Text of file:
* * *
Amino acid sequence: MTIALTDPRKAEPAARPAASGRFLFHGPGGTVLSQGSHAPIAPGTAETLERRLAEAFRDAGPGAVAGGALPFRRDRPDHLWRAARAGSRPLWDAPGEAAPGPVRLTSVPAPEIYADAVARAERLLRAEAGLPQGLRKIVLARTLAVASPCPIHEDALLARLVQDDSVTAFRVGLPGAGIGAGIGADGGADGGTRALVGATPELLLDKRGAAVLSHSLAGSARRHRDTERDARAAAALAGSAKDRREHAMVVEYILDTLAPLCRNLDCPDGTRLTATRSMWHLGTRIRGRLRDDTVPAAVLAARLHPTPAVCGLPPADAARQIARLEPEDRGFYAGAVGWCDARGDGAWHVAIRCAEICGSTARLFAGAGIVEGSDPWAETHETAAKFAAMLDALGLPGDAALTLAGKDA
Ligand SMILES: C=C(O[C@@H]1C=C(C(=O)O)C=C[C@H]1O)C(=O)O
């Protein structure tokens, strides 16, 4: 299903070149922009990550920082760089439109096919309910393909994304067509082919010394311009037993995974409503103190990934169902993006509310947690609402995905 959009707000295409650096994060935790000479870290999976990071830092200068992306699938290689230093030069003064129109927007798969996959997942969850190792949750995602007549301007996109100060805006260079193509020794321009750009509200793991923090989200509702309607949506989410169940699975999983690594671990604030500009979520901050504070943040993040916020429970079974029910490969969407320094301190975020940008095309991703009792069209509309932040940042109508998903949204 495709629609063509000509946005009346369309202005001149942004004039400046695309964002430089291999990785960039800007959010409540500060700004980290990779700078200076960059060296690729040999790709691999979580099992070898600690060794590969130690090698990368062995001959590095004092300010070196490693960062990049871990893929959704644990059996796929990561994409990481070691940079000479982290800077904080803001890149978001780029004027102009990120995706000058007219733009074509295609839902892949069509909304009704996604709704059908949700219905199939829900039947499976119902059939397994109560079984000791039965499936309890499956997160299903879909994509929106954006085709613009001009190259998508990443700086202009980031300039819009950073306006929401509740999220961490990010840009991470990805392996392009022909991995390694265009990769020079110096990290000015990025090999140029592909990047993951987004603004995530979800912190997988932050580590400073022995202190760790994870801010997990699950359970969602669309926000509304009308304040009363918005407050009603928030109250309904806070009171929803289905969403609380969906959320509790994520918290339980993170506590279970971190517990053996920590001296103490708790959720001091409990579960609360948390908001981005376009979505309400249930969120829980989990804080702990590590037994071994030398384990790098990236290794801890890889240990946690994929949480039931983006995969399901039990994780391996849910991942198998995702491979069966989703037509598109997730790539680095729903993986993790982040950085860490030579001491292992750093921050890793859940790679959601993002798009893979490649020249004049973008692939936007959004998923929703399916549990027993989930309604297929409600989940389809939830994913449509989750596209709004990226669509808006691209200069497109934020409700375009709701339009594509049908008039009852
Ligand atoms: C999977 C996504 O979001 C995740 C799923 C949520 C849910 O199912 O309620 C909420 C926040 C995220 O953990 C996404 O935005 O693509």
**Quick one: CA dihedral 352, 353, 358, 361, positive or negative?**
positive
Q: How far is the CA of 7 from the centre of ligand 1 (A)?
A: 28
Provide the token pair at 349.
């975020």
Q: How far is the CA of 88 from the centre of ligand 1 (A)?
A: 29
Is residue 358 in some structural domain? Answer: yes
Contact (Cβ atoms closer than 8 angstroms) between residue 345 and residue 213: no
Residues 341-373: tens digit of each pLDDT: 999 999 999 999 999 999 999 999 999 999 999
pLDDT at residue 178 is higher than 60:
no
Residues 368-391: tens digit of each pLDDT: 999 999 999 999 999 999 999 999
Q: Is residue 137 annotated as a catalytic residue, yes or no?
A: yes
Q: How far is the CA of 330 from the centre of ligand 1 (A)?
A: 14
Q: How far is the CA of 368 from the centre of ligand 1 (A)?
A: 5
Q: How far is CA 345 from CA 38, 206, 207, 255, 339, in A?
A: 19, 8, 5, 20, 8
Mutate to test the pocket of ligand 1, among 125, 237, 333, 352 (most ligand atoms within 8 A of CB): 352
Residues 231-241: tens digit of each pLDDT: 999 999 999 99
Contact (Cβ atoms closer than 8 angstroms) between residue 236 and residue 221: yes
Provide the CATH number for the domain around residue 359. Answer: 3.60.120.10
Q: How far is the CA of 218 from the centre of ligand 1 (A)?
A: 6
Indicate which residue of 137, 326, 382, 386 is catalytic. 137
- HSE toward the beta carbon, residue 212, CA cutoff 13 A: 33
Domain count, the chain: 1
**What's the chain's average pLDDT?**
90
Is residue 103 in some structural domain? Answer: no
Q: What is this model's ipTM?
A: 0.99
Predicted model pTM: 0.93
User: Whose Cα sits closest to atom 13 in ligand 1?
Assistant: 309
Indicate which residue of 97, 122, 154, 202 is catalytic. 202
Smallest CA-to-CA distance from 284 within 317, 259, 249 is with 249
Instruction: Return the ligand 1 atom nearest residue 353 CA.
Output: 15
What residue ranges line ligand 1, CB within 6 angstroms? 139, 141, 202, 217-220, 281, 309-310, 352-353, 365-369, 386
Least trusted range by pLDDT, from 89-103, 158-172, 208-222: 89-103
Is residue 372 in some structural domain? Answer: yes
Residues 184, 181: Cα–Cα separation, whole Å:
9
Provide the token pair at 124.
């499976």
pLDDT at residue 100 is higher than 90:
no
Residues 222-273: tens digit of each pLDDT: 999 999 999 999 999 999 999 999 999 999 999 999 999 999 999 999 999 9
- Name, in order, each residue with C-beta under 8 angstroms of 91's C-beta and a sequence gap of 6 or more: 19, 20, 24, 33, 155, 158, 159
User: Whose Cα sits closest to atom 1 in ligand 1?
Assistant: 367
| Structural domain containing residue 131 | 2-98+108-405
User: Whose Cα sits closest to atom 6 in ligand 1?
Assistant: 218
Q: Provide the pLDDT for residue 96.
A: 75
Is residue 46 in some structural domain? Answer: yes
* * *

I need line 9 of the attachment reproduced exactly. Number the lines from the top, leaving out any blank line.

Provide the token pair at 349.